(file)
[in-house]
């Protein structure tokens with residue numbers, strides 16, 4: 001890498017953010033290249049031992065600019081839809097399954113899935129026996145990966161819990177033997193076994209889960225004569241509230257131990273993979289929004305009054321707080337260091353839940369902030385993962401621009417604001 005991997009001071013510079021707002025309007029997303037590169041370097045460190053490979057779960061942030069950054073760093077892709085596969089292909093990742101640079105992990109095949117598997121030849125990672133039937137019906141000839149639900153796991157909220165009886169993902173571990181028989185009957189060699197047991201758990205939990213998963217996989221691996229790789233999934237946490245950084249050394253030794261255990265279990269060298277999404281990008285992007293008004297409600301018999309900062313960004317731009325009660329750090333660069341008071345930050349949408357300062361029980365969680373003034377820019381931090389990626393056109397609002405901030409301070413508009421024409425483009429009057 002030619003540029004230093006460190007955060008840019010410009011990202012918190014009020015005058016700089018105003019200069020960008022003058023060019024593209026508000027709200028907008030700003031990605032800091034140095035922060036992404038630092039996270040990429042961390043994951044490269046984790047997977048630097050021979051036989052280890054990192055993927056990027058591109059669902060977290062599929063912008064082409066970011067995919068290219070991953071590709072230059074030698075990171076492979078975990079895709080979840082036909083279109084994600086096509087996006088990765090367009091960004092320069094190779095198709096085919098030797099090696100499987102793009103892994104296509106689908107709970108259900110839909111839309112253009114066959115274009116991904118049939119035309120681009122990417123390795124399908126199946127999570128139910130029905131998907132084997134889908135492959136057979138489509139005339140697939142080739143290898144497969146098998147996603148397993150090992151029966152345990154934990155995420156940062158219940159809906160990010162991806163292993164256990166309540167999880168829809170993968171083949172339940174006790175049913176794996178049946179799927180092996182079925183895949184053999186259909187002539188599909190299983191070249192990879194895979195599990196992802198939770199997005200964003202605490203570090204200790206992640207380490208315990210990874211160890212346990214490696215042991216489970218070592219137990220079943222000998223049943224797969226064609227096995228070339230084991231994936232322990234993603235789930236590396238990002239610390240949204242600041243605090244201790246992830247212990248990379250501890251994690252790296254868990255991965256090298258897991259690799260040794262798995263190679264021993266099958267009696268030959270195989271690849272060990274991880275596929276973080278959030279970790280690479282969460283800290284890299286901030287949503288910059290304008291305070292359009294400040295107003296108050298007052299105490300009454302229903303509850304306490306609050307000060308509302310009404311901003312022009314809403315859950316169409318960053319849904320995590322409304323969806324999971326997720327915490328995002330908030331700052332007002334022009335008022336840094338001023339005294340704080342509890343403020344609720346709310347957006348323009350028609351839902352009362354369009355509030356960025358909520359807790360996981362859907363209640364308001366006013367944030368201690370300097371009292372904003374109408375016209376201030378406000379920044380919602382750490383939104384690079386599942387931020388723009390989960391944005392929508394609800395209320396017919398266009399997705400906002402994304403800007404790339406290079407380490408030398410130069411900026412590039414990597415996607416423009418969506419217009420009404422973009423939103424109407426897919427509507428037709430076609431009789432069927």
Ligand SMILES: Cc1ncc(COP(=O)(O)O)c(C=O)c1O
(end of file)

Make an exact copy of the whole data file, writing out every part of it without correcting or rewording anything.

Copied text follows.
[in-house]
């Protein structure tokens with residue numbers, strides 16, 4: 001890498017953010033290249049031992065600019081839809097399954113899935129026996145990966161819990177033997193076994209889960225004569241509230257131990273993979289929004305009054321707080337260091353839940369902030385993962401621009417604001 005991997009001071013510079021707002025309007029997303037590169041370097045460190053490979057779960061942030069950054073760093077892709085596969089292909093990742101640079105992990109095949117598997121030849125990672133039937137019906141000839149639900153796991157909220165009886169993902173571990181028989185009957189060699197047991201758990205939990213998963217996989221691996229790789233999934237946490245950084249050394253030794261255990265279990269060298277999404281990008285992007293008004297409600301018999309900062313960004317731009325009660329750090333660069341008071345930050349949408357300062361029980365969680373003034377820019381931090389990626393056109397609002405901030409301070413508009421024409425483009429009057 002030619003540029004230093006460190007955060008840019010410009011990202012918190014009020015005058016700089018105003019200069020960008022003058023060019024593209026508000027709200028907008030700003031990605032800091034140095035922060036992404038630092039996270040990429042961390043994951044490269046984790047997977048630097050021979051036989052280890054990192055993927056990027058591109059669902060977290062599929063912008064082409066970011067995919068290219070991953071590709072230059074030698075990171076492979078975990079895709080979840082036909083279109084994600086096509087996006088990765090367009091960004092320069094190779095198709096085919098030797099090696100499987102793009103892994104296509106689908107709970108259900110839909111839309112253009114066959115274009116991904118049939119035309120681009122990417123390795124399908126199946127999570128139910130029905131998907132084997134889908135492959136057979138489509139005339140697939142080739143290898144497969146098998147996603148397993150090992151029966152345990154934990155995420156940062158219940159809906160990010162991806163292993164256990166309540167999880168829809170993968171083949172339940174006790175049913176794996178049946179799927180092996182079925183895949184053999186259909187002539188599909190299983191070249192990879194895979195599990196992802198939770199997005200964003202605490203570090204200790206992640207380490208315990210990874211160890212346990214490696215042991216489970218070592219137990220079943222000998223049943224797969226064609227096995228070339230084991231994936232322990234993603235789930236590396238990002239610390240949204242600041243605090244201790246992830247212990248990379250501890251994690252790296254868990255991965256090298258897991259690799260040794262798995263190679264021993266099958267009696268030959270195989271690849272060990274991880275596929276973080278959030279970790280690479282969460283800290284890299286901030287949503288910059290304008291305070292359009294400040295107003296108050298007052299105490300009454302229903303509850304306490306609050307000060308509302310009404311901003312022009314809403315859950316169409318960053319849904320995590322409304323969806324999971326997720327915490328995002330908030331700052332007002334022009335008022336840094338001023339005294340704080342509890343403020344609720346709310347957006348323009350028609351839902352009362354369009355509030356960025358909520359807790360996981362859907363209640364308001366006013367944030368201690370300097371009292372904003374109408375016209376201030378406000379920044380919602382750490383939104384690079386599942387931020388723009390989960391944005392929508394609800395209320396017919398266009399997705400906002402994304403800007404790339406290079407380490408030398410130069411900026412590039414990597415996607416423009418969506419217009420009404422973009423939103424109407426897919427509507428037709430076609431009789432069927």
Ligand SMILES: Cc1ncc(COP(=O)(O)O)c(C=O)c1O